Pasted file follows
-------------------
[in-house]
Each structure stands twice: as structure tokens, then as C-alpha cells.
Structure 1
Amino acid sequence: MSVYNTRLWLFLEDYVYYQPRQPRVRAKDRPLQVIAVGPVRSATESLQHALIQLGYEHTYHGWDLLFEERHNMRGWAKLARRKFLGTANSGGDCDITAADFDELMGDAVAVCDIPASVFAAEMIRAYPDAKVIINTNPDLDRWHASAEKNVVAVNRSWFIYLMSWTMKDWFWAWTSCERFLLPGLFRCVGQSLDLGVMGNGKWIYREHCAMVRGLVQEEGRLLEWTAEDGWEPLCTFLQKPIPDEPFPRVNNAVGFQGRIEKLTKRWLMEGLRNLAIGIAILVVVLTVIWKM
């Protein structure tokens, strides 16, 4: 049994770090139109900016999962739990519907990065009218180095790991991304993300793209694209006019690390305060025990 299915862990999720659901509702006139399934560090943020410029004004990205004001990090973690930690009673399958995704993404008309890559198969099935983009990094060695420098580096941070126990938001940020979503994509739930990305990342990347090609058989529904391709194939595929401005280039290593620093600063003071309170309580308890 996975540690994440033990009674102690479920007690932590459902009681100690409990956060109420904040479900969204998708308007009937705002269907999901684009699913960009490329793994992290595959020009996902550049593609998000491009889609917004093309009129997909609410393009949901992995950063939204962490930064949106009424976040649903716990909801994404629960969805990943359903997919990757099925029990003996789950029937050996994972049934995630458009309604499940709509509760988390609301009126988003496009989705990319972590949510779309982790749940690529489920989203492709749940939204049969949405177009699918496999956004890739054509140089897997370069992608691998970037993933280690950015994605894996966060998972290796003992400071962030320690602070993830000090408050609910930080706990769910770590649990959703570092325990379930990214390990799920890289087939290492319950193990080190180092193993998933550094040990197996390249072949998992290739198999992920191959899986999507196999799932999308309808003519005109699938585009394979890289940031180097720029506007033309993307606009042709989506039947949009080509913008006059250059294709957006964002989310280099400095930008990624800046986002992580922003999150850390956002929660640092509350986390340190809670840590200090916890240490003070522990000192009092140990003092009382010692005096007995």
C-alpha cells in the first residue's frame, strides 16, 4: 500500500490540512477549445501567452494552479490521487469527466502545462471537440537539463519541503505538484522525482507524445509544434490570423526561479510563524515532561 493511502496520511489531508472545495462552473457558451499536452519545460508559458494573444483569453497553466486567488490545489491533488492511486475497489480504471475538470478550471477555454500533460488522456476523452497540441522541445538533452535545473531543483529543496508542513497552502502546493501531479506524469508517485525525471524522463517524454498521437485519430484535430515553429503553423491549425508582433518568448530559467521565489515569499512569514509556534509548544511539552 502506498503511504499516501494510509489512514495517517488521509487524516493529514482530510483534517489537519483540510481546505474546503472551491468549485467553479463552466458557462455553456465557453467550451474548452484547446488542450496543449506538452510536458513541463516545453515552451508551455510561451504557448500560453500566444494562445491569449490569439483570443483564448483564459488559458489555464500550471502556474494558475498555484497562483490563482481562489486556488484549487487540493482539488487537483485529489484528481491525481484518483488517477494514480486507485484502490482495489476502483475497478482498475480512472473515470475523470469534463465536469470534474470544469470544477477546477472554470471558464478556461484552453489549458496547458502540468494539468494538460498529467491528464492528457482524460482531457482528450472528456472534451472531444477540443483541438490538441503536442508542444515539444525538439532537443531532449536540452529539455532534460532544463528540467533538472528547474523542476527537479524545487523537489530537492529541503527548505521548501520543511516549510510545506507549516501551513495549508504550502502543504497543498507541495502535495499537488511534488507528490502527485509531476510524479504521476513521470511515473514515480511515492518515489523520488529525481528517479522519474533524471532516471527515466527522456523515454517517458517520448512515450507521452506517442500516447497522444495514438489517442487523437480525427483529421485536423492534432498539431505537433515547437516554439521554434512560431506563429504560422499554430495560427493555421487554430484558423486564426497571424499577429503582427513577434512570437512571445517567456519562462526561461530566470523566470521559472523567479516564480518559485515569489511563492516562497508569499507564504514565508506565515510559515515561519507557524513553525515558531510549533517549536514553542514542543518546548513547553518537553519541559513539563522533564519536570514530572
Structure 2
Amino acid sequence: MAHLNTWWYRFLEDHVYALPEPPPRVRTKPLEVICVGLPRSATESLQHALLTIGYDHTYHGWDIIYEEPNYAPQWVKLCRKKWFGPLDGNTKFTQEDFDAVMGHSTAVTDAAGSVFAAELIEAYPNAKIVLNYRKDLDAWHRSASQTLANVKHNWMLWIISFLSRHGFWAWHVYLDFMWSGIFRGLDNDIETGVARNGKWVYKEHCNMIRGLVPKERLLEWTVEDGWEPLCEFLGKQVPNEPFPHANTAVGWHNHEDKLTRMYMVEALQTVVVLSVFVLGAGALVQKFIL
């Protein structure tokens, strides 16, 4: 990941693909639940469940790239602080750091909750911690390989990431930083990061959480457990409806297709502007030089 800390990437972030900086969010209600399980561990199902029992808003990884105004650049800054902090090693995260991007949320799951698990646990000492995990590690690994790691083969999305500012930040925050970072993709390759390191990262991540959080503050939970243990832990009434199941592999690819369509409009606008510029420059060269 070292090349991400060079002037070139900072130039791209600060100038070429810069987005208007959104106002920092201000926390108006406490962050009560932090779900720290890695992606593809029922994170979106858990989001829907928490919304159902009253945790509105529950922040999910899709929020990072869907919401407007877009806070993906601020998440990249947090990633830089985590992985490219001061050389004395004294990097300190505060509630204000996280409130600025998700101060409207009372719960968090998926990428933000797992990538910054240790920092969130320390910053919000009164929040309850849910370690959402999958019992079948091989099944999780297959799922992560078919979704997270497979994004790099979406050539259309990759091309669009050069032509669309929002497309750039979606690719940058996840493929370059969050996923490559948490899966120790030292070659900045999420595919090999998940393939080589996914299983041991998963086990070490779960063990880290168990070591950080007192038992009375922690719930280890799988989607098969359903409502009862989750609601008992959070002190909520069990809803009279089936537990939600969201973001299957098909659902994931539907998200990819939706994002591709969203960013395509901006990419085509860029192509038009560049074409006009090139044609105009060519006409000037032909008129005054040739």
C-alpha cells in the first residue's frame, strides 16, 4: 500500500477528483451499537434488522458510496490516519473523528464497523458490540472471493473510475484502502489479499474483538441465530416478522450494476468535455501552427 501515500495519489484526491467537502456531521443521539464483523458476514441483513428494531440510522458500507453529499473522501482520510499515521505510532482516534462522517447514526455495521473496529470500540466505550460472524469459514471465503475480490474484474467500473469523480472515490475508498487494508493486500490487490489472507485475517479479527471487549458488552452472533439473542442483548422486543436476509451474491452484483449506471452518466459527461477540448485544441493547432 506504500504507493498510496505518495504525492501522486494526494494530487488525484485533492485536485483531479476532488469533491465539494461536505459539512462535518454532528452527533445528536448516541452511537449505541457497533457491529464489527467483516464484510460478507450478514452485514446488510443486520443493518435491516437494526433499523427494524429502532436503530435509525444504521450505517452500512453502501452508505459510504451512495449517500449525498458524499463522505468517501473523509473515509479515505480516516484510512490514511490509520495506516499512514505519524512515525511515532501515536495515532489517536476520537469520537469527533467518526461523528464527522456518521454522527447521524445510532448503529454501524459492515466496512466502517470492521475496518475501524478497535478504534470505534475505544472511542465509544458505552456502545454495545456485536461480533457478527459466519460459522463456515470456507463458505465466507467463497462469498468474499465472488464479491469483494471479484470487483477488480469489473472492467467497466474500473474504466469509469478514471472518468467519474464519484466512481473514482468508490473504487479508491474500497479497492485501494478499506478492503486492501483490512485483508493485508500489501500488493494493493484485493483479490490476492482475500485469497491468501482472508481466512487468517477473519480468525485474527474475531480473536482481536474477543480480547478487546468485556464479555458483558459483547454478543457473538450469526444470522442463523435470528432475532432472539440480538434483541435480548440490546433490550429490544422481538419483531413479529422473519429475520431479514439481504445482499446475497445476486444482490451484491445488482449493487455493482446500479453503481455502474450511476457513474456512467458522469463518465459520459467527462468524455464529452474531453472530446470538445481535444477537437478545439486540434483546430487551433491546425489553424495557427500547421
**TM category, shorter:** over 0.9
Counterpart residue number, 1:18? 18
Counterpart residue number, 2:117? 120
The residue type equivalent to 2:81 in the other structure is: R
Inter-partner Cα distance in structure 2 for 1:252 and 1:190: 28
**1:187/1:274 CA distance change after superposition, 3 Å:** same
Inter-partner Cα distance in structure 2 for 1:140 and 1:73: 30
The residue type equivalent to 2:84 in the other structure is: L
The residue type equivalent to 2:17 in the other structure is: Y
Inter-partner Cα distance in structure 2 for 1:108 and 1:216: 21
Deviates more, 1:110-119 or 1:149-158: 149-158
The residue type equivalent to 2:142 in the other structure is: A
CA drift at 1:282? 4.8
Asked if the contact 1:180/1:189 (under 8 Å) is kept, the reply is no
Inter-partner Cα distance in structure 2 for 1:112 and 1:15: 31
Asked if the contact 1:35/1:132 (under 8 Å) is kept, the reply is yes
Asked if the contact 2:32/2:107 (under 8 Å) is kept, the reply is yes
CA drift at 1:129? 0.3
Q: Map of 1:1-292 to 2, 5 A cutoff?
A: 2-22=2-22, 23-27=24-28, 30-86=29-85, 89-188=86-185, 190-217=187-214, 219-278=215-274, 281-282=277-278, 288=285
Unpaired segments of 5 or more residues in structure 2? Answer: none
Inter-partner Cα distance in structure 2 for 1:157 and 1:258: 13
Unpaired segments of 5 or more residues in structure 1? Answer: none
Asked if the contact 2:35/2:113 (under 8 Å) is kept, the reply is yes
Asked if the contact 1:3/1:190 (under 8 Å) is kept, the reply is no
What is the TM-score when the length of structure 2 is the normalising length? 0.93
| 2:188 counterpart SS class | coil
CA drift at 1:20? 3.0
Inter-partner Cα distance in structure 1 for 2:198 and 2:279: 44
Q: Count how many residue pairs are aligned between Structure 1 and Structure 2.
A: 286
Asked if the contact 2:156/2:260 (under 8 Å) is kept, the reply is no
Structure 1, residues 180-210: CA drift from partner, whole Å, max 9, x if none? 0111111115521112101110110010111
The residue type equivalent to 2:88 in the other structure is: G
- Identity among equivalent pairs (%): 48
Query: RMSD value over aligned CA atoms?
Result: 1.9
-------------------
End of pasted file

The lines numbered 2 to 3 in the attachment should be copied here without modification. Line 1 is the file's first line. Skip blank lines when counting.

Each structure stands twice: as structure tokens, then as C-alpha cells.
Structure 1